Introduction to Borehole Flowlogging (#855)

Presented on Thursday, February 19, 2015

Learn how to obtain the most effective results from the application of the latest high-resolution borehole flowlogging techniques — including heat-pulse and electromagnetic flowmeters, dilution methods, and downhole dye tracing — during this online offering.

Borehole flowmeters provide direct measurement of the hydraulic properties of aquifers whereas other logging techniques require additional interpretation of such measurements as electrical resistivity or gamma activity.

Recently developed flow profiling equipment allows precise identification of inflow and outflow zones with minimal pumping rates so that drawdown quickly stabilizes and a minimal amount of contaminated water is produced for disposal. Cross-borehole methods can provide efficient identification of flowpaths in complex fractured-rock aquifers. Readily available numerical codes can be used to estimate the transmissivity, storage coefficient, and hydraulic head of flow zones in boreholes penetrating multiple aquifers. The “virtual straddle packer” method is used to convert flowlog data to the set of measurements typically made with much more cumbersome straddle-packer equipment.

This webinar covers:

• Overview of flowlogging equipment and methods
• Flowlogging logistics and procedures
• Integrating flow profiles and other log data
• Flowlog calibration and field corrections to data
• Inverting flowlog data for transmissivity and hydraulic head
• Cross-borehole experimental setup
• Available numerical codes for flowlog interpretation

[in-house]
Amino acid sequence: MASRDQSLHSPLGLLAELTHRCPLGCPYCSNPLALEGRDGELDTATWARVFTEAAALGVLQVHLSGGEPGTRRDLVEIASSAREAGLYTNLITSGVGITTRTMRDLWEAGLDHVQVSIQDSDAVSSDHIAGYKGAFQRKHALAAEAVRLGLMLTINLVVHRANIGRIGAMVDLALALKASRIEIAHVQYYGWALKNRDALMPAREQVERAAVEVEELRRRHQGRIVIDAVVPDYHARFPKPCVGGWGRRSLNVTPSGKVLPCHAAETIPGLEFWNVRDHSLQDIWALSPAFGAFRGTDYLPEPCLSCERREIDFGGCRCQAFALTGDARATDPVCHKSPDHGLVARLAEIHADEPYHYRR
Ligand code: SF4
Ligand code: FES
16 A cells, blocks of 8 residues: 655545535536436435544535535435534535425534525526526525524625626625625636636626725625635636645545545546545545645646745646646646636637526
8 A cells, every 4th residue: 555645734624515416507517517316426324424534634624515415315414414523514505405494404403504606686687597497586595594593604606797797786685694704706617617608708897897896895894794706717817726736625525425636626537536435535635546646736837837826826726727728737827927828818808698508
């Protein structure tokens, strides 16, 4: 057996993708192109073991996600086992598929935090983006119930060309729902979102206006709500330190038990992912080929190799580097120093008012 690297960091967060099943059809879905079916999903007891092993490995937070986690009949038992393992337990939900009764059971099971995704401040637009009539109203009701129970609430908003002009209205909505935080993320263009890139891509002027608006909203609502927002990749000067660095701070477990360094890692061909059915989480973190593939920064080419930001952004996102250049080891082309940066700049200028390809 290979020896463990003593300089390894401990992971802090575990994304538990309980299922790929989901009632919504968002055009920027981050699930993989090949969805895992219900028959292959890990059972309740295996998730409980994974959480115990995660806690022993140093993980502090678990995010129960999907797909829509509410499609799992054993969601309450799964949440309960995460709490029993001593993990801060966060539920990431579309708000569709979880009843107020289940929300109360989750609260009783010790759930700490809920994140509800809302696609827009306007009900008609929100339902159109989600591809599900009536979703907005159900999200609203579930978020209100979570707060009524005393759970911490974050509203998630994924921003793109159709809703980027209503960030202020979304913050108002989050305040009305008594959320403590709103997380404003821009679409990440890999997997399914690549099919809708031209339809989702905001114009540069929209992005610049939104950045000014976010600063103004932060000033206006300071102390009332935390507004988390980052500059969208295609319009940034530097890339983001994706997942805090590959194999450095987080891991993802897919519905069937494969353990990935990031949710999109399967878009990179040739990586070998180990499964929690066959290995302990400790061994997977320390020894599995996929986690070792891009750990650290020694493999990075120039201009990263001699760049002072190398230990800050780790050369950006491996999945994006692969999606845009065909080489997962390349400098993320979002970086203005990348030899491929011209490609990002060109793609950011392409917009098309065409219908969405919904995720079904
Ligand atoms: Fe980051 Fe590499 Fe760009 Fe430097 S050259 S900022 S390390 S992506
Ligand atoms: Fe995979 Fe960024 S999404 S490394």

• Flowlogging vs. straddle-packer hydraulic tests
• Practical field examples.

In addition, you will receive free log analysis software.

Fred Paillet, Ph.D.
University of Arkansas
Fred Paillet, Ph.D., is adjunct professor of geosciences at the University of Arkansas and emeritus research scientist with the U.S. Geological Survey. He was project chief conducting research in borehole geophysics with the USGS for more than 20 years and has continued research with academic appointments at the University of Maine, University of Rennes, and the University of Queensland since that time. Paillet was one of the principle investigators on the long-term USGS fractured rock aquifer study at Mirror Lake, New Hampshire. He has also worked extensively with the U.S. Environmental Protection Agency at various Superfund sites, and with environmental agencies in the states of New York, Massachusetts, North Carolina, Connecticut, Wisconsin, and Minnesota. Paillet has also served as an instructor for numerous short courses on the application of borehole geophysics in hydrogeology conducted by NGWA, U.S. EPA, USGS, and U.S. Army Corps of Engineers.
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